<p>Bernie Madoff is an even better example…</p>

<p><strong>Some people lost every penny they had, and <em>they hadn’t even heard of Bernie Madoff</em>.</strong></p>

<p><strong>But they had money in a pension fund that invested in some feeder fund that gave money to Bernie.</strong></p>

<p>They were three degrees of separation away from Madoff and they STILL got wiped out.</p>

<p>The reality is, you’re exposed to this stupidity whether you realize it or not because you’re probably exposed to someone else who’s invested in this financial lunacy.</p>

<p><u><strong>That’s one of the reasons I’m holding so much cash outside of this complex, interconnected system.</strong></u></p>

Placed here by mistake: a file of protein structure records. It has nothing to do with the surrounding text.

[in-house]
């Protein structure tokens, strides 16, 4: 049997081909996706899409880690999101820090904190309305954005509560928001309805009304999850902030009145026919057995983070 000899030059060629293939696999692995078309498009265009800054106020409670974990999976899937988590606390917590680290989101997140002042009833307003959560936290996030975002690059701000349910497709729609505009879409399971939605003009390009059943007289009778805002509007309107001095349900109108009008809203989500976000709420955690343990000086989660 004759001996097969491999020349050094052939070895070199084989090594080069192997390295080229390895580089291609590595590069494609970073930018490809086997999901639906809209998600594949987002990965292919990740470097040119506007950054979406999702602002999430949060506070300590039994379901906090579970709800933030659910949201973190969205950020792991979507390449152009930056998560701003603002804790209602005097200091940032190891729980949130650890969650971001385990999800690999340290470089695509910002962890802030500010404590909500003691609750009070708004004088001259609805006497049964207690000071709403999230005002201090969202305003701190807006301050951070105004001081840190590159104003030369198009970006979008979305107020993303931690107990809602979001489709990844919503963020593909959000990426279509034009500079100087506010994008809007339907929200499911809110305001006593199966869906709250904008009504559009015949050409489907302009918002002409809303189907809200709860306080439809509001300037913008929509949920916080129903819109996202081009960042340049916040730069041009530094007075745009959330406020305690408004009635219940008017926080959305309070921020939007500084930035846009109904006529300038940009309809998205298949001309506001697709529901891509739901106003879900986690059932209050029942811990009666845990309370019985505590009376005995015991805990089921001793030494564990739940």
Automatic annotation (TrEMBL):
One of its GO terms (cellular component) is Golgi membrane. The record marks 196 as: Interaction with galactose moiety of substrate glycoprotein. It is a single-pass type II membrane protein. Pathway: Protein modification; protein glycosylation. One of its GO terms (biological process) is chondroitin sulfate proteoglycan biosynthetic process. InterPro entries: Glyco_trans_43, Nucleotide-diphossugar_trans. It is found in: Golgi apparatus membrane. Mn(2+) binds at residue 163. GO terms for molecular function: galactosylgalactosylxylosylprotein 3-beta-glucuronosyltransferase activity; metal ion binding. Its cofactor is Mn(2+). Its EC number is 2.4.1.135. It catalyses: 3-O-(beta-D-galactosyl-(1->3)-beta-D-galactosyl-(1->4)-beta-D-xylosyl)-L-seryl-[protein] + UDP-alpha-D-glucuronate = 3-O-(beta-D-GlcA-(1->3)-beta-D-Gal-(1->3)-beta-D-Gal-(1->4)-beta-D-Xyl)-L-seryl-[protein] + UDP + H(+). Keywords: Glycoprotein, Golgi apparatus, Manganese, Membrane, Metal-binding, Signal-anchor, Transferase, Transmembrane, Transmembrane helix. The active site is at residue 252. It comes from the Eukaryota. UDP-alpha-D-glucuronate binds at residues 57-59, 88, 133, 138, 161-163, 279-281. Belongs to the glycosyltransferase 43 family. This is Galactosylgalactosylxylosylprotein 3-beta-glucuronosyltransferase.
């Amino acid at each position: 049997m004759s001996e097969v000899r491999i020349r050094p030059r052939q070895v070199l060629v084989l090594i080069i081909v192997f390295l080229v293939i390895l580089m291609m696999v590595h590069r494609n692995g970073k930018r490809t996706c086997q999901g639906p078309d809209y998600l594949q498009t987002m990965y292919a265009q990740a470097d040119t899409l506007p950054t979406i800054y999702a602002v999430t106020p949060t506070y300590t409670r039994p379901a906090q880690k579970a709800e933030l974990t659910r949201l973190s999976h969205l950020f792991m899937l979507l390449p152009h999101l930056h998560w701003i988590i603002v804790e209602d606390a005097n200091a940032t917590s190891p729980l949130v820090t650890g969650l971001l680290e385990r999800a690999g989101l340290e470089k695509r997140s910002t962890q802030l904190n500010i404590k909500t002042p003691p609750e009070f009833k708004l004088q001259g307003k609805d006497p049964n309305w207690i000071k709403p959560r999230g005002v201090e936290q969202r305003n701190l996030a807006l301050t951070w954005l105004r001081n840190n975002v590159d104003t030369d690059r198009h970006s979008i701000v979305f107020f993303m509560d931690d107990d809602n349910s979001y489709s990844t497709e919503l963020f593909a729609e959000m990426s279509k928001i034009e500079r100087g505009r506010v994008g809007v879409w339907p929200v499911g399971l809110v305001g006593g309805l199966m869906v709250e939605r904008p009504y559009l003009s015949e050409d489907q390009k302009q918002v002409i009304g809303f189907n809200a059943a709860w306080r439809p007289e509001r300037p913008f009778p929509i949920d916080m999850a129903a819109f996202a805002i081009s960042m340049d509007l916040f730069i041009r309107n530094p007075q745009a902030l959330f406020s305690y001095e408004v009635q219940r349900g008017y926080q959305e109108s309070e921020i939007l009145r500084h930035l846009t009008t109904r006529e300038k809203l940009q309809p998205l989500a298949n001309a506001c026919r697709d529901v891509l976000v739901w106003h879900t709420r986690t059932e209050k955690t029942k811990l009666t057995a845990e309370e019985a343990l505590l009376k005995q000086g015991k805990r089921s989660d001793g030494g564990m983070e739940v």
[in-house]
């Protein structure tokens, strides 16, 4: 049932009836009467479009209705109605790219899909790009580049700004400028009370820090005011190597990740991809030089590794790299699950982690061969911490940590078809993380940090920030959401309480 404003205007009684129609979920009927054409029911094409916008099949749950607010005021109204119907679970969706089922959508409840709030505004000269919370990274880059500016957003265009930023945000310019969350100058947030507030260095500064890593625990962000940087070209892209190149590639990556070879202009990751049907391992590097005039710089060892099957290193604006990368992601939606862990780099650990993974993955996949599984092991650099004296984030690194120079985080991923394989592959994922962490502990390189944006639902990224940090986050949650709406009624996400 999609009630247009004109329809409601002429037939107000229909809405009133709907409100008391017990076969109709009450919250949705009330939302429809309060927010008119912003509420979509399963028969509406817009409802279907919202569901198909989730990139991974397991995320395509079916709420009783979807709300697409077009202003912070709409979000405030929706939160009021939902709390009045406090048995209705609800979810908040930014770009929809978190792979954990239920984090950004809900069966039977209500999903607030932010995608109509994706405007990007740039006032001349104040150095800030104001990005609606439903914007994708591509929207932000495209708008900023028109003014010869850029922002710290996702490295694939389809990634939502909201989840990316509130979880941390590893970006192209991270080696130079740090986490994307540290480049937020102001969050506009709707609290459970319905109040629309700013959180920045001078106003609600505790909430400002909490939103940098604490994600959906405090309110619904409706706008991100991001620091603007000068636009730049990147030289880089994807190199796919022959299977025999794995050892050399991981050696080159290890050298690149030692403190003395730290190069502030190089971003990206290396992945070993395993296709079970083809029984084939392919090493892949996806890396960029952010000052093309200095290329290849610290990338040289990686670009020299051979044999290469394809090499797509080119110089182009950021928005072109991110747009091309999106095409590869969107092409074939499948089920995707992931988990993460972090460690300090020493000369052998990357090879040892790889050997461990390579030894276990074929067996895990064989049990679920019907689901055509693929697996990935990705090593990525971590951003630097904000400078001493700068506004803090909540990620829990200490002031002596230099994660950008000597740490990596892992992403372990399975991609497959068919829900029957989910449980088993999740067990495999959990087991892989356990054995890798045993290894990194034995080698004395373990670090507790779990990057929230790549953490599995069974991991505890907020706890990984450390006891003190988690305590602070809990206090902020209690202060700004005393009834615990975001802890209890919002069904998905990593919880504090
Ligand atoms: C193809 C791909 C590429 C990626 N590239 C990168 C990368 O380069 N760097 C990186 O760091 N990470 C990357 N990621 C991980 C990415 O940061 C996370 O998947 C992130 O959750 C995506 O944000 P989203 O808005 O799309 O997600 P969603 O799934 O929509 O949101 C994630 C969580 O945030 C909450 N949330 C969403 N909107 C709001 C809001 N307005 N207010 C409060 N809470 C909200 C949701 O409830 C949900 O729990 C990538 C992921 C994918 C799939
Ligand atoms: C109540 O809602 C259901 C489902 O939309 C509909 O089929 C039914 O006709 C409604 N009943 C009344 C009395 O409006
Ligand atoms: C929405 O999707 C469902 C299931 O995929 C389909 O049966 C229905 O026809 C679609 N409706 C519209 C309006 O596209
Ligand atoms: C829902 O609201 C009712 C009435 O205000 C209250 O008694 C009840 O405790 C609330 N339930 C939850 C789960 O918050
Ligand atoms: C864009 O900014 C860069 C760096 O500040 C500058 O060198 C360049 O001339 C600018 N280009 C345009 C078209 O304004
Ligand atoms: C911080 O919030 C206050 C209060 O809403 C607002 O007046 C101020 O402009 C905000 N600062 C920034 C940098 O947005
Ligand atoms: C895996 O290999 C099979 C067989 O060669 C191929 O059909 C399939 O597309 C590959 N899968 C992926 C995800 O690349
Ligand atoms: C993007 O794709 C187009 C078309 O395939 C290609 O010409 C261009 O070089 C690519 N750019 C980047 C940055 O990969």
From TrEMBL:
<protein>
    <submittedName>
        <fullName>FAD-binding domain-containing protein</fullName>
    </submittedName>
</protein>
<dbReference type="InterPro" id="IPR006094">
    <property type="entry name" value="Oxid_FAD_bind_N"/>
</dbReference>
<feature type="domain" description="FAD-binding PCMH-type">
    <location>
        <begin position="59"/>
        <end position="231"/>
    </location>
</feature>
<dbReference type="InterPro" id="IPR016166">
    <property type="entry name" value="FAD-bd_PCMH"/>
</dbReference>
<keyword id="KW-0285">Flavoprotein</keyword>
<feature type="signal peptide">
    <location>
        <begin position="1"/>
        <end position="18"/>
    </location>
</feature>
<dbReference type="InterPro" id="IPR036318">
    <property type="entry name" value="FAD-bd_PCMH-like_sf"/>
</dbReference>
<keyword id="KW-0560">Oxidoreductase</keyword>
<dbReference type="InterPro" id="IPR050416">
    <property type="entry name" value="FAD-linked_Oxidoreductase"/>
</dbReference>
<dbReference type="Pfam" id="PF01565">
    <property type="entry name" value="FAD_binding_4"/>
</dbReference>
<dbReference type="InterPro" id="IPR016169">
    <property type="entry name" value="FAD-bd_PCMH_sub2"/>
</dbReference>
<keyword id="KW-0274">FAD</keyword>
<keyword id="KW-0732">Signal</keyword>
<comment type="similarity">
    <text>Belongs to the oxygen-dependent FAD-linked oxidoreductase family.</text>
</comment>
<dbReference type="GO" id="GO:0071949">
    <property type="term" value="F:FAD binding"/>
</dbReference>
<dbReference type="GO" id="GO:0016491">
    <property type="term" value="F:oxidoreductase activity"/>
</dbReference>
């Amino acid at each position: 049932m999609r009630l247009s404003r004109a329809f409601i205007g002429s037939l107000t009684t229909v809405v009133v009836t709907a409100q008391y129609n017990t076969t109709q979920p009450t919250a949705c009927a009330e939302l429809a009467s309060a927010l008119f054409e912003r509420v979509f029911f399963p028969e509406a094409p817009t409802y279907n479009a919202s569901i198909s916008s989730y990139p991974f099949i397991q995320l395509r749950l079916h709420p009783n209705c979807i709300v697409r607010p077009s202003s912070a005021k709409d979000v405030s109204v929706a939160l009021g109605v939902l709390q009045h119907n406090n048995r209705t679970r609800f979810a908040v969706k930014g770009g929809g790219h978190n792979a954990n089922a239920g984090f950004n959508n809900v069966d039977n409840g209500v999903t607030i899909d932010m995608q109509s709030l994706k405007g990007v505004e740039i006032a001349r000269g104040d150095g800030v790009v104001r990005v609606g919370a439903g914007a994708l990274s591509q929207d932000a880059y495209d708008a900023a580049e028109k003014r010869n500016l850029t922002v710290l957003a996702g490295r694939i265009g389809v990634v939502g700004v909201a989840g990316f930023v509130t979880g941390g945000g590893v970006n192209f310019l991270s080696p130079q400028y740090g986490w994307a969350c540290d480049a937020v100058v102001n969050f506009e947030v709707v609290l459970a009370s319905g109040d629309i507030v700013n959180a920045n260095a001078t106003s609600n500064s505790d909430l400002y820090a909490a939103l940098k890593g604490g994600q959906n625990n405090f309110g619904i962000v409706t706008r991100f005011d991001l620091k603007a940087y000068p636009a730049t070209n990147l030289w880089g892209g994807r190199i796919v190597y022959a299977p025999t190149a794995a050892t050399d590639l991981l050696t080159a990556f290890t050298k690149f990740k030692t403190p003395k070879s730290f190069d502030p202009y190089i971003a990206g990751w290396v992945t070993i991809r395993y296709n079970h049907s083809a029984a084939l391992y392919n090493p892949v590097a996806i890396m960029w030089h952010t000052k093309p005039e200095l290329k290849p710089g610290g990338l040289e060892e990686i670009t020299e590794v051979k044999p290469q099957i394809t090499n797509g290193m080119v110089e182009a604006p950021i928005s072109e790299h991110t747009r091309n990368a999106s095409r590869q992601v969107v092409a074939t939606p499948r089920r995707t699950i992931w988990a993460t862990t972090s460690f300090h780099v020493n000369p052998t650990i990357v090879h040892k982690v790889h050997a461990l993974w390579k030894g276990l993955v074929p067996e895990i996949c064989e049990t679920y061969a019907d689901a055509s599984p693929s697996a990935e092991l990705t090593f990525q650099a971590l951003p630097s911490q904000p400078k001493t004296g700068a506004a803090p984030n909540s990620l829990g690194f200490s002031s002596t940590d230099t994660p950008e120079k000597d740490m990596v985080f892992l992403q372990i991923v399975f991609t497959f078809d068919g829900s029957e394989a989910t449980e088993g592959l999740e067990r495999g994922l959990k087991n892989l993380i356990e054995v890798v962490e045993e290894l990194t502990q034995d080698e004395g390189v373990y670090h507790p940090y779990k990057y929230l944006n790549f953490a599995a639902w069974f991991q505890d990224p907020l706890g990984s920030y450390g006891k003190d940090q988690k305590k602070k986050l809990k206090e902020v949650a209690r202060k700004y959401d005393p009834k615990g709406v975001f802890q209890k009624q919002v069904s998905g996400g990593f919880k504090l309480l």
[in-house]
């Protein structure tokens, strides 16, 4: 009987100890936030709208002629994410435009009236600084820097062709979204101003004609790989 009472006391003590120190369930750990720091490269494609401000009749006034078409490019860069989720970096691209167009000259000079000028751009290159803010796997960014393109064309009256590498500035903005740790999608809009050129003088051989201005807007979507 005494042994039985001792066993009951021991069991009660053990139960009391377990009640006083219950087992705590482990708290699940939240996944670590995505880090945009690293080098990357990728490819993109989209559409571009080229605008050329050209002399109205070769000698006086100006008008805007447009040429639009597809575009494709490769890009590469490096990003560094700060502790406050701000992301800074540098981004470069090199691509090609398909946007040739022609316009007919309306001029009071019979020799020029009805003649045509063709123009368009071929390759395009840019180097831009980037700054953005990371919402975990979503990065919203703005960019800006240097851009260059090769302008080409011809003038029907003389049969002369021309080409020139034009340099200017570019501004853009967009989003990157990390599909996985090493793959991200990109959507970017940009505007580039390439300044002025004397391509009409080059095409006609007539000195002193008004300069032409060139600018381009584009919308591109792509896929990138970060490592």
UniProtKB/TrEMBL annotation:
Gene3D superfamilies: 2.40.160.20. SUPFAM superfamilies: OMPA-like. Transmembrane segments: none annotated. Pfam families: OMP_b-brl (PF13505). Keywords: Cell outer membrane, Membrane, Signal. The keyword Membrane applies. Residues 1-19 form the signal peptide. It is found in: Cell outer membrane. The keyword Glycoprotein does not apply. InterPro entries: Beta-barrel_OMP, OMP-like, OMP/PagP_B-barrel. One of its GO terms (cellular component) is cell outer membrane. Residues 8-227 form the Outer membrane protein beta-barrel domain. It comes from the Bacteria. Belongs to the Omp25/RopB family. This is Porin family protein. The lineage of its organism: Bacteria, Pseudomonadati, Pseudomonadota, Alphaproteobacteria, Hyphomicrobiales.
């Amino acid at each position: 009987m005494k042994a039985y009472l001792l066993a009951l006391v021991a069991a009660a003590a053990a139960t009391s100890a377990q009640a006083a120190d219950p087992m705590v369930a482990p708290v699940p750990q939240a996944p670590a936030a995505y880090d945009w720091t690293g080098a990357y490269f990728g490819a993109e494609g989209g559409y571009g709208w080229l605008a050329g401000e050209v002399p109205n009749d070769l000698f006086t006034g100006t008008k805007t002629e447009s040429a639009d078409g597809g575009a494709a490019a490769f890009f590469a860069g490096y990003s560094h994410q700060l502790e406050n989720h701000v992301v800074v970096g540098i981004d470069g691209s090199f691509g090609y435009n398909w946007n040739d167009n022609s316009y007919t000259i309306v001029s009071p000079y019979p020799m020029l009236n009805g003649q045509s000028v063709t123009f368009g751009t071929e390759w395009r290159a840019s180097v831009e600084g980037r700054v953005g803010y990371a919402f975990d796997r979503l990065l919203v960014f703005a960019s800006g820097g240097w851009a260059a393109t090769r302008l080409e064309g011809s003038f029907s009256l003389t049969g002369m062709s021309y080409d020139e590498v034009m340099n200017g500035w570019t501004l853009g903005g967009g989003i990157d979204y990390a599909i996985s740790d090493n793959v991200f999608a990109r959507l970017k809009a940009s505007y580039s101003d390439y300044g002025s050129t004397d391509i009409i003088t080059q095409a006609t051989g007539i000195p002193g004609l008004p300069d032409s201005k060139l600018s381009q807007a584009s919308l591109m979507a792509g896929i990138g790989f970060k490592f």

<p>Specifically, I’ve been buying 28-day Treasury bills for most of the last eighteen months.</p>

<p>These T-bills are basically like a 4-week certificate of deposit that’s held by the Treasury Department.</p>

<p>I make just under 2% per year, and I know exactly who my counterparty is: Uncle Sam.</p>

<p>That’s compared to 0.02% in a checking account, and I have no idea what’s on that bank’s balance sheet.</p>

<p>Now, if you’ve been a reader of this letter for more than a week, you know I have zero confidence in the US government’s ability to repay its massive debts over the next several decades.</p>

<p><strong>And I think you have to be certifiably insane to buy a 30-year bond issued by the US government. That’s way too far out into the future.</strong></p>

<p><strong>But 28 days? That’s pretty low risk.</strong> However you feel about Donald Trump, he’s probably not going to default by next month.</p>

<p>And to continue learning <strong>how to ensure you thrive no matter what happens next in the world</strong>, I encourage you to <a href="">download our free Perfect Plan B Guide</a>.</p><img src="" height="1" width="1" alt=""/>